Hierarchy of Controls

Forces, people and injuries — How hard is too hard?

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ISO/TS 15066 body model
This entry is part 5 of 5 in the series Hier­archy of Con­trols

For any­one involved in risk assess­ment and con­trol, there are always ques­tions regard­ing the amount of force it takes to injure a per­son. As soon as we decided that hurt­ing people when they were work­ing or using our products was not OK, clev­er people wanted to know what the lim­its were on forces applied to people. […]

Canada

Instructions for Use – the New ISO 20607

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Instruc­tions are one of the basic items that users expect to get when they pur­chase a product, and yet these import­ant doc­u­ments are often poorly writ­ten, badly trans­lated, and incom­plete. Key product fea­tures are badly described, and inform­a­tion on fea­tures, set­tings and haz­ards may be absent. All of this des­pite the fact that the min­im­um require­ments […]

Canada

More E‑Stop Questions

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This entry is part 17 of 16 in the series Emer­gency Stop

Here are some more ques­tions I’ve been asked regard­ing emer­gency stop require­ments. These ones came to me through the IEEE PSES EMC-PSTC Product Com­pli­ance For­um mail­ing list. Primary Sources There are three primary sources for the require­ments for emer­gency stop devices: [1] Safety of machinery — Emer­gency stop — Prin­ciples for design, 3rd Edi­tion. ISO 13850. 2015. [2] Safety of […]

Complementary Protective Measures

Can Emergency Stop be used as an “on/off” control?

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Emergency Stop Button
This entry is part 16 of 16 in the series Emer­gency Stop

Every couple of months I get an email ask­ing me if there is any reas­on why e‑stop func­tions can­’t be used as the primary power con­trol (on/off but­ton) for machinery. Fol­low­ing a recent exchange, I thought I would share the reas­ons for why this is such a bad idea. The short answer The short answer is an unequi­voc­al NO. Don’t […]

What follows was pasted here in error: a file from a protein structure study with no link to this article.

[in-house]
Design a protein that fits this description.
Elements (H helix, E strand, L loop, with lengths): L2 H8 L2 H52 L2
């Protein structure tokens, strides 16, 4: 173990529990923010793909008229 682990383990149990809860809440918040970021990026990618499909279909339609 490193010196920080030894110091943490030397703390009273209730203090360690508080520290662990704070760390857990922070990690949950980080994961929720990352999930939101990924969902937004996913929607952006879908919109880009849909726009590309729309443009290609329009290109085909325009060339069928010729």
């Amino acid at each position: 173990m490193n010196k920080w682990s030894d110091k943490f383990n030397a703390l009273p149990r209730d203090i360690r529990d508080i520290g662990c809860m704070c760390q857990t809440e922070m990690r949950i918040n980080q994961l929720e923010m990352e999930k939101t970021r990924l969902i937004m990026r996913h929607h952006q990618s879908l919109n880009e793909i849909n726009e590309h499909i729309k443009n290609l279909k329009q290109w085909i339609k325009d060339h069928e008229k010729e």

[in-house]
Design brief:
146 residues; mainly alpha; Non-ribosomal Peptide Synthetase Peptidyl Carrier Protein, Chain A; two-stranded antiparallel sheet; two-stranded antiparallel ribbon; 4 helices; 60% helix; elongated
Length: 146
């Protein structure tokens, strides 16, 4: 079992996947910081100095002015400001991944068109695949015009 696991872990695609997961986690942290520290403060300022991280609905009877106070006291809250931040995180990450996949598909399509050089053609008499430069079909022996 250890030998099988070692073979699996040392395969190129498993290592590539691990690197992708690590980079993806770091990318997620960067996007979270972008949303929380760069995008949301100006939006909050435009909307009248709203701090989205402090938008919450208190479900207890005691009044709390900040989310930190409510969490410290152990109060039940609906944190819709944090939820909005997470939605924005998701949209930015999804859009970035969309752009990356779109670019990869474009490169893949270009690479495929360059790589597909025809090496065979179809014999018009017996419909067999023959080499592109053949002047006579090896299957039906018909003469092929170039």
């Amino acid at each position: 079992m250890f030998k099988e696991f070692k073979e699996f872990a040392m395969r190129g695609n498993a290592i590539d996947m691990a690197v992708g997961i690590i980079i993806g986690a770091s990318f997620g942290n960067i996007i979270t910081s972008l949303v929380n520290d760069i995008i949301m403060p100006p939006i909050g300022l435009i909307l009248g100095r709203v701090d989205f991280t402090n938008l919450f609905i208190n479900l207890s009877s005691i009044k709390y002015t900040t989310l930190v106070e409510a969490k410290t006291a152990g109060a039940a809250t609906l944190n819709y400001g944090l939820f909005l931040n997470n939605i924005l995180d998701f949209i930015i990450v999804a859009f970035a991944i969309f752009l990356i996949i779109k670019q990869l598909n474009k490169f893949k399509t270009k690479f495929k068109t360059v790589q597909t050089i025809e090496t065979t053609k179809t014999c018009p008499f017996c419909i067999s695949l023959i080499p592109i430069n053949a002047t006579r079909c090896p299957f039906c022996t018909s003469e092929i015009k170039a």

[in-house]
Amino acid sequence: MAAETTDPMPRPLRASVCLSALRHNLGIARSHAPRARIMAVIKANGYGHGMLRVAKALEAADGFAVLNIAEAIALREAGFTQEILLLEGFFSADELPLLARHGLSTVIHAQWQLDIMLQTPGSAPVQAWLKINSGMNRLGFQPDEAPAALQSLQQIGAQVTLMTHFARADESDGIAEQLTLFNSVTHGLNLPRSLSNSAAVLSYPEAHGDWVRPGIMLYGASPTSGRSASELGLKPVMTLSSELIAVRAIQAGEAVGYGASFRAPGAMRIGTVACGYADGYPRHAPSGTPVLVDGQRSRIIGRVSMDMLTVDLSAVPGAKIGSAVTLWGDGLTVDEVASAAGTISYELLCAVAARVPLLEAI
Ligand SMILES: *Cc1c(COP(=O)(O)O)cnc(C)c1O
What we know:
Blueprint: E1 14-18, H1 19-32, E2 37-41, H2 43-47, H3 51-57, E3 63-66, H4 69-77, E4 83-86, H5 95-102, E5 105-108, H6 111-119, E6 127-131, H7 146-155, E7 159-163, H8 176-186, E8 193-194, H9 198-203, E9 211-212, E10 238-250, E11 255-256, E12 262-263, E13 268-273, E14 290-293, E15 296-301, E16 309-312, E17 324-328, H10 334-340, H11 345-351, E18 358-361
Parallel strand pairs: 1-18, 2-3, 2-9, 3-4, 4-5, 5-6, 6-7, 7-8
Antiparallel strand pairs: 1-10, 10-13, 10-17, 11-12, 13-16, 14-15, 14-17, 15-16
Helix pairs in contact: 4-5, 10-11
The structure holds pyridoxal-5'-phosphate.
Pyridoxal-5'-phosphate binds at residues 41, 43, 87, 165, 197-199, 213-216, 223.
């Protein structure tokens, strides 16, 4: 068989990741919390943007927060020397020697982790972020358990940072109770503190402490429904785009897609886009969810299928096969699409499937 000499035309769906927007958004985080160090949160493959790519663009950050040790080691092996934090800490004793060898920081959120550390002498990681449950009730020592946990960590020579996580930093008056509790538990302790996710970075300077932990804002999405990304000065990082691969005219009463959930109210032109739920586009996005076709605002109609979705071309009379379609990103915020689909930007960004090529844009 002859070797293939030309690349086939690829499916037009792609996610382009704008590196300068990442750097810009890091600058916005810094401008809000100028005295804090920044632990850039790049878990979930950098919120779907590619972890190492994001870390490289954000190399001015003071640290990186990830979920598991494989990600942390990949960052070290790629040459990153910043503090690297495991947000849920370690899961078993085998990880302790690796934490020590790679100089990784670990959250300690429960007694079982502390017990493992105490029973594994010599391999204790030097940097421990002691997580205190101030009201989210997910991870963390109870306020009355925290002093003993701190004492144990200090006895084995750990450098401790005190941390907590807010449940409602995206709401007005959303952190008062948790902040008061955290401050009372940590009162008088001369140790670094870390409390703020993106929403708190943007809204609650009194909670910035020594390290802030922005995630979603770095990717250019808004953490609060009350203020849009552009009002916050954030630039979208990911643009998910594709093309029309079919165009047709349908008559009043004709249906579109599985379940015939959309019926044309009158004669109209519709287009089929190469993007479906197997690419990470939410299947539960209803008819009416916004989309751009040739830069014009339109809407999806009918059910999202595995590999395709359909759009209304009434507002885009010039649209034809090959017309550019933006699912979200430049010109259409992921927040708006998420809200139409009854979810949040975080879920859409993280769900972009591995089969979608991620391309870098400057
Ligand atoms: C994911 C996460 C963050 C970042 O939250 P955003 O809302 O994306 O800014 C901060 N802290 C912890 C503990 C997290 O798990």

Complementary Protective Measures

Introduction to Functional Safety Seminars

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Man training a group of people, pointing to Functional Safety topics on the whiteboard

If you are inter­ested in func­tion­al safety, and I know many read­ers are based on the stat­ist­ics I see for my oth­er func­tion­al safety-related posts, I think you will be inter­ested in this. I am col­lab­or­at­ing with the IEEE Product Safety Engin­eer­ing Soci­ety’s Vir­tu­al Chapter to provide a series of three 35 minute sem­inars dis­cuss­ing the fun­da­ment­als of func­tion­al safety. The […]

News

1,000,000

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1 Million Views!

1,000,000 views! Today marks a fant­ast­ic mile­stone for the Machinery Safety 101 blog – 1,000,000 views! When I star­ted writ­ing this blog back in Octo­ber 2008, I had high hopes that a few dozens, or per­haps as many as 1 000 people would find my art­icles inter­est­ing enough to spend some time read­ing. Nev­er in my wild­est ima­gin­ings did I think […]

Hazard Warnings

Do-It-Yourself Safety Labels, Signs and Tags

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Safety label on a roller conveyor
This entry is part 1 of 5 in the series Hier­archy of Con­trols

One of the great chal­lenges that all product design­ers face is the sourcing of appro­pri­ate product safety labels. There are many sources for off-the-shelf labels includ­ing some of the biggest names in mark­ing and labelling, but until now, none have offered a way for product man­u­fac­tur­ers to devel­op stand­ards-com­pli­ant haz­ard warn­ing signs and labels them­selves. If […]

Complementary Protective Measures

Emergency Stop Pull-Cords

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This entry is part 15 of 16 in the series Emer­gency Stop

This art­icle was updated 2019-04-26, adding spe­cif­ic details related to IEC 60947 – 5‑5. When it comes to emer­gency stop devices there is no doubt that the red mush­­room-head push but­ton is the most com­mon – they seem to be every­where. The second most com­mon emer­gency stop device is the pull-cord, and like the light-cur­­tain in safe­guard­ing […]